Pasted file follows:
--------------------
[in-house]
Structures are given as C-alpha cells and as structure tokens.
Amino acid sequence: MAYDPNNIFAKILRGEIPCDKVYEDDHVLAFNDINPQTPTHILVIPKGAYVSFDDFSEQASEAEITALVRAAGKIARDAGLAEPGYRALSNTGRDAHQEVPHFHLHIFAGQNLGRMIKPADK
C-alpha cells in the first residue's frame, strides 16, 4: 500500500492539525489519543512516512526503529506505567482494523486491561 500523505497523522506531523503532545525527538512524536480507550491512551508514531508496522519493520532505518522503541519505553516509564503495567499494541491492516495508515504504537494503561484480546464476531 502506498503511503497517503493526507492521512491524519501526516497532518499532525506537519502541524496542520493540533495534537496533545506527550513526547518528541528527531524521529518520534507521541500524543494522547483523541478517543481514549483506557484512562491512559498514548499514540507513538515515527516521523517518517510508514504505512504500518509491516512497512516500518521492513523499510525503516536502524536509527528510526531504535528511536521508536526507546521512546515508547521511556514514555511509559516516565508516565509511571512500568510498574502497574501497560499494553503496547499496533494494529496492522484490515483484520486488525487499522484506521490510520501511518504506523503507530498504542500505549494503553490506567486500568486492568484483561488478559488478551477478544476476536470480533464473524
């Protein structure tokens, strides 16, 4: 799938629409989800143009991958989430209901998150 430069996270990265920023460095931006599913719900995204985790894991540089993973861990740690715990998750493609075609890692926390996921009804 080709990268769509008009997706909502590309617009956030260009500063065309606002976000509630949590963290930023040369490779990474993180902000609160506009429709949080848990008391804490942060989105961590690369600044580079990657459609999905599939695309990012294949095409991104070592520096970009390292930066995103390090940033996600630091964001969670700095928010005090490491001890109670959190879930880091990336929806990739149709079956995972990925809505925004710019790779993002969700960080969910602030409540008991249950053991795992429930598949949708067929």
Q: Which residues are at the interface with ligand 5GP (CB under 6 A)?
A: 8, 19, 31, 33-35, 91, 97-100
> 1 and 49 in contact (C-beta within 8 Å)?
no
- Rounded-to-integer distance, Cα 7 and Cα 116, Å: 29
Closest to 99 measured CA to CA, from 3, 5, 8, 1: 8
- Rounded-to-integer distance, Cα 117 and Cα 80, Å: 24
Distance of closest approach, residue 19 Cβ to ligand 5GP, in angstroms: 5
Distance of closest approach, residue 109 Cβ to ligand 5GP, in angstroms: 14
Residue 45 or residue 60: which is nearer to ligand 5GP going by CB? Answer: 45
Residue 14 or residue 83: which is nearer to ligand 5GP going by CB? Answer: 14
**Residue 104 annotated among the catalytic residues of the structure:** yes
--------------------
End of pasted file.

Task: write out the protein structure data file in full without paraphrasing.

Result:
[in-house]
Structures are given as C-alpha cells and as structure tokens.
Amino acid sequence: MAYDPNNIFAKILRGEIPCDKVYEDDHVLAFNDINPQTPTHILVIPKGAYVSFDDFSEQASEAEITALVRAAGKIARDAGLAEPGYRALSNTGRDAHQEVPHFHLHIFAGQNLGRMIKPADK
C-alpha cells in the first residue's frame, strides 16, 4: 500500500492539525489519543512516512526503529506505567482494523486491561 500523505497523522506531523503532545525527538512524536480507550491512551508514531508496522519493520532505518522503541519505553516509564503495567499494541491492516495508515504504537494503561484480546464476531 502506498503511503497517503493526507492521512491524519501526516497532518499532525506537519502541524496542520493540533495534537496533545506527550513526547518528541528527531524521529518520534507521541500524543494522547483523541478517543481514549483506557484512562491512559498514548499514540507513538515515527516521523517518517510508514504505512504500518509491516512497512516500518521492513523499510525503516536502524536509527528510526531504535528511536521508536526507546521512546515508547521511556514514555511509559516516565508516565509511571512500568510498574502497574501497560499494553503496547499496533494494529496492522484490515483484520486488525487499522484506521490510520501511518504506523503507530498504542500505549494503553490506567486500568486492568484483561488478559488478551477478544476476536470480533464473524
């Protein structure tokens, strides 16, 4: 799938629409989800143009991958989430209901998150 430069996270990265920023460095931006599913719900995204985790894991540089993973861990740690715990998750493609075609890692926390996921009804 080709990268769509008009997706909502590309617009956030260009500063065309606002976000509630949590963290930023040369490779990474993180902000609160506009429709949080848990008391804490942060989105961590690369600044580079990657459609999905599939695309990012294949095409991104070592520096970009390292930066995103390090940033996600630091964001969670700095928010005090490491001890109670959190879930880091990336929806990739149709079956995972990925809505925004710019790779993002969700960080969910602030409540008991249950053991795992429930598949949708067929």
Q: Which residues are at the interface with ligand 5GP (CB under 6 A)?
A: 8, 19, 31, 33-35, 91, 97-100
> 1 and 49 in contact (C-beta within 8 Å)?
no
- Rounded-to-integer distance, Cα 7 and Cα 116, Å: 29
Closest to 99 measured CA to CA, from 3, 5, 8, 1: 8
- Rounded-to-integer distance, Cα 117 and Cα 80, Å: 24
Distance of closest approach, residue 19 Cβ to ligand 5GP, in angstroms: 5
Distance of closest approach, residue 109 Cβ to ligand 5GP, in angstroms: 14
Residue 45 or residue 60: which is nearer to ligand 5GP going by CB? Answer: 45
Residue 14 or residue 83: which is nearer to ligand 5GP going by CB? Answer: 14
**Residue 104 annotated among the catalytic residues of the structure:** yes